Virtues are not Opinions

Our publisher is pretty amazing. They’ve articulated out feelings about the current client perfectly. So, we’ve shared their words here.

We’ve been silent for a while now. Partially because we’ve been doing a lot of
listening, praying, and grieving. Mostly because words are very hard to find when you
know they will never, ever be enough. But the time to be silent is over.
When so much is so complicated and so wrong, it’s hard to know where to start
sorting it out and cleaning it up. We’re going to keep things simple and stick to the
subject we’re best at: words. A lot of words are being thrown around carelessly with very
little, if any, thought to what they actually mean and what we’re really saying when we
use them.
Here are the words we’ll be defining:
 Belief
 Opinion
 Fact
 Value
 Virtue
 Entitled/Entitlement
 Respect

(If you’re as exhausted by certain phrases as we are, that list is probably where you
figure out where this blog is going.)
All definitions were taken from merriam-webster.com.

Belief: a state or habit of mind in which trust or confidence is placed in some
person or thing; something that is accepted, considered to be true, or held as
an opinion; conviction of the truth of some statement or the reality of some
being or phenomenon especially when based on examination of evidence.

Opinion: a view, judgment, or appraisal formed in the mind about a
particular matter; belief stronger than impression and less strong than
positive knowledge.

Fact: something that has actual existence; an actual occurrence; a piece of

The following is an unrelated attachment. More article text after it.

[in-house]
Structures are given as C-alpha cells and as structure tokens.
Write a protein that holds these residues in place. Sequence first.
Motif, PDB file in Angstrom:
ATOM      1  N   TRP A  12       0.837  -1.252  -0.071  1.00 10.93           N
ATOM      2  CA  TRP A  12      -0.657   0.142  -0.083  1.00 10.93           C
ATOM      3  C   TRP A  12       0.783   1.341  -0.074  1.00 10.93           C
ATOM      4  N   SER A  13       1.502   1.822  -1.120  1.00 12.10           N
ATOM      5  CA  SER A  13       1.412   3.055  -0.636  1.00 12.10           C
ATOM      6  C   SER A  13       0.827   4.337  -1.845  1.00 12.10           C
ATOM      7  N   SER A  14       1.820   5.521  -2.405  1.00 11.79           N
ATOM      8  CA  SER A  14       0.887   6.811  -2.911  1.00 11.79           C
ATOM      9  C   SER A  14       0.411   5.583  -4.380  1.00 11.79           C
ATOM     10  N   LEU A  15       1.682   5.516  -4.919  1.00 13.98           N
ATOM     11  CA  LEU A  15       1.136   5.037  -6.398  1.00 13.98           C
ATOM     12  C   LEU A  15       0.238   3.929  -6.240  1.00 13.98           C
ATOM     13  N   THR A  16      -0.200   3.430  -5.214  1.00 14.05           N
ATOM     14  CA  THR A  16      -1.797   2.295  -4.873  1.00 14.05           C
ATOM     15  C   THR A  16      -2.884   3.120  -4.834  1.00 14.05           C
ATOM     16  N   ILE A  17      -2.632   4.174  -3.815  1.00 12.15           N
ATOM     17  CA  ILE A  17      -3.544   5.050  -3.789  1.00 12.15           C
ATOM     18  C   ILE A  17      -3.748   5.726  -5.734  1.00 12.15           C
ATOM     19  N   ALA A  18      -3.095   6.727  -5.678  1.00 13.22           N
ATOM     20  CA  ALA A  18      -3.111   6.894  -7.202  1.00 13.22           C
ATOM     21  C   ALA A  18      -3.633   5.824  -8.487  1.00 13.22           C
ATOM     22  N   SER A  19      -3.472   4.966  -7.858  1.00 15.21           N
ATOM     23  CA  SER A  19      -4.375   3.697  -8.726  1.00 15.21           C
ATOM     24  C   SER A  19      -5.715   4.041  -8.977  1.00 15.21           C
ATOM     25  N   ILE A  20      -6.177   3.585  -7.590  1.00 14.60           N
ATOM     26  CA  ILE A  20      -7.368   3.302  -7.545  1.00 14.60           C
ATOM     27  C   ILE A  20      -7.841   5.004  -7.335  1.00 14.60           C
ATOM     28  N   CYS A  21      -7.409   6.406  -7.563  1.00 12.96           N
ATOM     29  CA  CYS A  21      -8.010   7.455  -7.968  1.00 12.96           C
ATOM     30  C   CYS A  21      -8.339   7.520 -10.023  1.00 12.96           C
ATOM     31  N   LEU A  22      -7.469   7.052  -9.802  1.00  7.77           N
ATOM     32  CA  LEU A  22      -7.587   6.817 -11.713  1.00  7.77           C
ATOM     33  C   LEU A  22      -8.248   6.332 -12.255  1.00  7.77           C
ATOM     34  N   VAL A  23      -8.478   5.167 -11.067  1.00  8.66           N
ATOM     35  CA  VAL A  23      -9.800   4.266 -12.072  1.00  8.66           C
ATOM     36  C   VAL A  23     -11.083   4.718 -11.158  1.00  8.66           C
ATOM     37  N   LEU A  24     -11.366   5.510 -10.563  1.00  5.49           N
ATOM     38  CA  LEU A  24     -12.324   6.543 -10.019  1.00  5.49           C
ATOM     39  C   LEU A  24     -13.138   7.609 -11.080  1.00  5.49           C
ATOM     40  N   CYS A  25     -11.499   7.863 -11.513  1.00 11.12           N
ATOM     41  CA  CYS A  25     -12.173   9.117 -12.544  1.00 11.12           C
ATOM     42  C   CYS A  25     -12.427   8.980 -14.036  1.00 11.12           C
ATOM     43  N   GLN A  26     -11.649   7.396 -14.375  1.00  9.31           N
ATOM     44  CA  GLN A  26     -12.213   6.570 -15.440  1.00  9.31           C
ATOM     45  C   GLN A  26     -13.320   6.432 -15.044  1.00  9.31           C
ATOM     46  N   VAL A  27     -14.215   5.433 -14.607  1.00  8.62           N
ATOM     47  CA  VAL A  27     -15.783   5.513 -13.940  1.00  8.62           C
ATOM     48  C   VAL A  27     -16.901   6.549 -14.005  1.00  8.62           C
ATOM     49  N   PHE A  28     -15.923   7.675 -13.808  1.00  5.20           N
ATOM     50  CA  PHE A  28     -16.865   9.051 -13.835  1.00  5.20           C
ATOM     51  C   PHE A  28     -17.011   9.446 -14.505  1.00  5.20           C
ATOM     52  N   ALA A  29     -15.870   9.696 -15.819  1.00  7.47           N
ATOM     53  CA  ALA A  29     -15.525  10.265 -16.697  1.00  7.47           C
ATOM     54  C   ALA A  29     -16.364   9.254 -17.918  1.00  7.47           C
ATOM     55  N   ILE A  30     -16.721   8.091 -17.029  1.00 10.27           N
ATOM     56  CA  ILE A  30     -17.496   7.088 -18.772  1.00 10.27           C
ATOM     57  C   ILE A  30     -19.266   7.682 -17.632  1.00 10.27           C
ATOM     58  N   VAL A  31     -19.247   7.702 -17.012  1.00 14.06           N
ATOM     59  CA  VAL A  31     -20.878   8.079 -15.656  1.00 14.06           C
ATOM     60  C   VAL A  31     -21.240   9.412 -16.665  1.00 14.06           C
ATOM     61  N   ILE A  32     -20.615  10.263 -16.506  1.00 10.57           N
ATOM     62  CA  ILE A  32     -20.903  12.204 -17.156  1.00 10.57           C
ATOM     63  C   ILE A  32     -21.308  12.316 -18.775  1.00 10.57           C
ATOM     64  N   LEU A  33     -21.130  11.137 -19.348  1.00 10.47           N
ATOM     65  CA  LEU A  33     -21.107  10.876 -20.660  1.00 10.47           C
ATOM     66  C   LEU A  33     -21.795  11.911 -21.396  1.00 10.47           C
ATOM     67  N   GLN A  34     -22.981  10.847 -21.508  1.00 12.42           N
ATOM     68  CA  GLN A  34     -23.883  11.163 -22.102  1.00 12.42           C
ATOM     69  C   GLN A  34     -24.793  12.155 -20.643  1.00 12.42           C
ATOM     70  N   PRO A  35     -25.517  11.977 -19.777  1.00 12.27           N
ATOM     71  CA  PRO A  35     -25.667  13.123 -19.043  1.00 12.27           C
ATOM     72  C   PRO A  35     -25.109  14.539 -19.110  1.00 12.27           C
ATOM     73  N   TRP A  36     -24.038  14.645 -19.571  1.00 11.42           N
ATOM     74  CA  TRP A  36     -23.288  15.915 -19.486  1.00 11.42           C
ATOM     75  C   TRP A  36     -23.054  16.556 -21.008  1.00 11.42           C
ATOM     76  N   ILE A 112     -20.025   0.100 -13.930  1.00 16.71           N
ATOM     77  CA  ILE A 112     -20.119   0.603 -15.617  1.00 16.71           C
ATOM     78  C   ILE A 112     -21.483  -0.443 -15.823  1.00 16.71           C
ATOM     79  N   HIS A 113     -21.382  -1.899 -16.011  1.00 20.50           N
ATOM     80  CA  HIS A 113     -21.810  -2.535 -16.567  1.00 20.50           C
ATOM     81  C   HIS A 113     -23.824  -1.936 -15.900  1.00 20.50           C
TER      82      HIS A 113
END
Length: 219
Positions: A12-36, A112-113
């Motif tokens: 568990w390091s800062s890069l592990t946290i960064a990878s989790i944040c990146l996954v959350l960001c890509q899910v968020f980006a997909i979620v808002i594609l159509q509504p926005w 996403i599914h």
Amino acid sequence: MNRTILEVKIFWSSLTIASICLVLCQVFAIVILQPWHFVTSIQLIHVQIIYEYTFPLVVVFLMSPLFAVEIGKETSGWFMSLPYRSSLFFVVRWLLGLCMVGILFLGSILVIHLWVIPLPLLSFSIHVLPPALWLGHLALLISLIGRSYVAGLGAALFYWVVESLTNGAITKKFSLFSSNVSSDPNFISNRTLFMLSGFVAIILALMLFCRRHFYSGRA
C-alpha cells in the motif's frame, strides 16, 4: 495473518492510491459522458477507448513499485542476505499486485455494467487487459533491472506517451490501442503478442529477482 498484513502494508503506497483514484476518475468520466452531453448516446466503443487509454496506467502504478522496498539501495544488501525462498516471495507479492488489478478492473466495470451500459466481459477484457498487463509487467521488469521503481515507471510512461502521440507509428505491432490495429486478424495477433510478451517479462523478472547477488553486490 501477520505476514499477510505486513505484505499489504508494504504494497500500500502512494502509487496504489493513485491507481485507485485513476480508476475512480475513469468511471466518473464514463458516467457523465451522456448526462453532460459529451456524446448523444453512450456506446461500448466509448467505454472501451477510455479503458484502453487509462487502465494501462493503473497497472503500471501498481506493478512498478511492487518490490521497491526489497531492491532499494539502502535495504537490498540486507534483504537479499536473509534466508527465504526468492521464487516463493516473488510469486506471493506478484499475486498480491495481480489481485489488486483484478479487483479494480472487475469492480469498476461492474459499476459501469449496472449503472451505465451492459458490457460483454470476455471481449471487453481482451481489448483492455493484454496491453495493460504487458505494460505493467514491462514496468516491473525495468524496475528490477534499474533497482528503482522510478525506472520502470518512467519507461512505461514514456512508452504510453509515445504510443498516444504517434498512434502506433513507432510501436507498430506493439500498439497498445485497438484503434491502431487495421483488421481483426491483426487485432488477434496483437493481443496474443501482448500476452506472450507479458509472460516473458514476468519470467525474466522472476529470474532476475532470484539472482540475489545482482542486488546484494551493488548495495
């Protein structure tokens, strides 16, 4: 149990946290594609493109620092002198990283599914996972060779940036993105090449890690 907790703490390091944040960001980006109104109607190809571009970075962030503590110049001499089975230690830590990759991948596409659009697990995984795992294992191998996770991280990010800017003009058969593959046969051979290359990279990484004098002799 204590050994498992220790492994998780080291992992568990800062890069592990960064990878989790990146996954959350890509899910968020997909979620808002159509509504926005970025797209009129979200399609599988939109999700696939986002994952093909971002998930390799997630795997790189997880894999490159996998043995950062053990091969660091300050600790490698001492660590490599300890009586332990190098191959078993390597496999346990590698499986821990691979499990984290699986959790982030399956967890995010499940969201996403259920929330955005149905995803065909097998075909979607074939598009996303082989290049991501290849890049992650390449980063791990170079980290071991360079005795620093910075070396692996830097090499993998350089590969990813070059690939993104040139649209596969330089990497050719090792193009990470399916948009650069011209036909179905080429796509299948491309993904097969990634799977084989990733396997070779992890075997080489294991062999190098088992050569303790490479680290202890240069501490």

information presented as having objective reality; the quality of being actual.
Value: (n) the monetary worth of something; relative worth, utility, or
importance; something (such as a principle or quality) intrinsically valuable
or desirable. (v) to consider or rate highly.

Virtue: conformity to a standard of right; a beneficial quality or power of a
thing; a commendable quality or trait; a capacity to act.
Entitled: having a right to certain benefits or privileges; having or showing a
feeling of entitlement. Entitlement: a right to benefits specified especially by
law or contract; belief that one is deserving of or entitled to certain privileges.

Respect: (n) an act of giving particular attention; high or special regard; (v) to
consider worthy of high regard.

This brings us to the phrases we would prefer to never hear again.

“Everyone’s entitled to their own beliefs. We have to respect each other’s values. A difference in opinion isn’t worth losing a friendship.”

“Isn’t worth losing a friendship…”
Really? We ask that you stop and carefully consider how much privilege that
statement is based in. While we can’t speak for Breonna Taylor’s friends, we imagine
they feel that the enforcement of a no-knock warrant searching for 2 people who were
already in custody was not worth losing her friendship over. Her life was worth so, so
much more. We can’t speak for George Floyd’s friends, but we’re certain his friendship
was worth more than $20. His life was worth so, so much more. We could go on, and on,
and on, because the examples are coming faster than we can acknowledge them. In the
time it has taken us to outline and complete this blog, 3 more black lives have ended,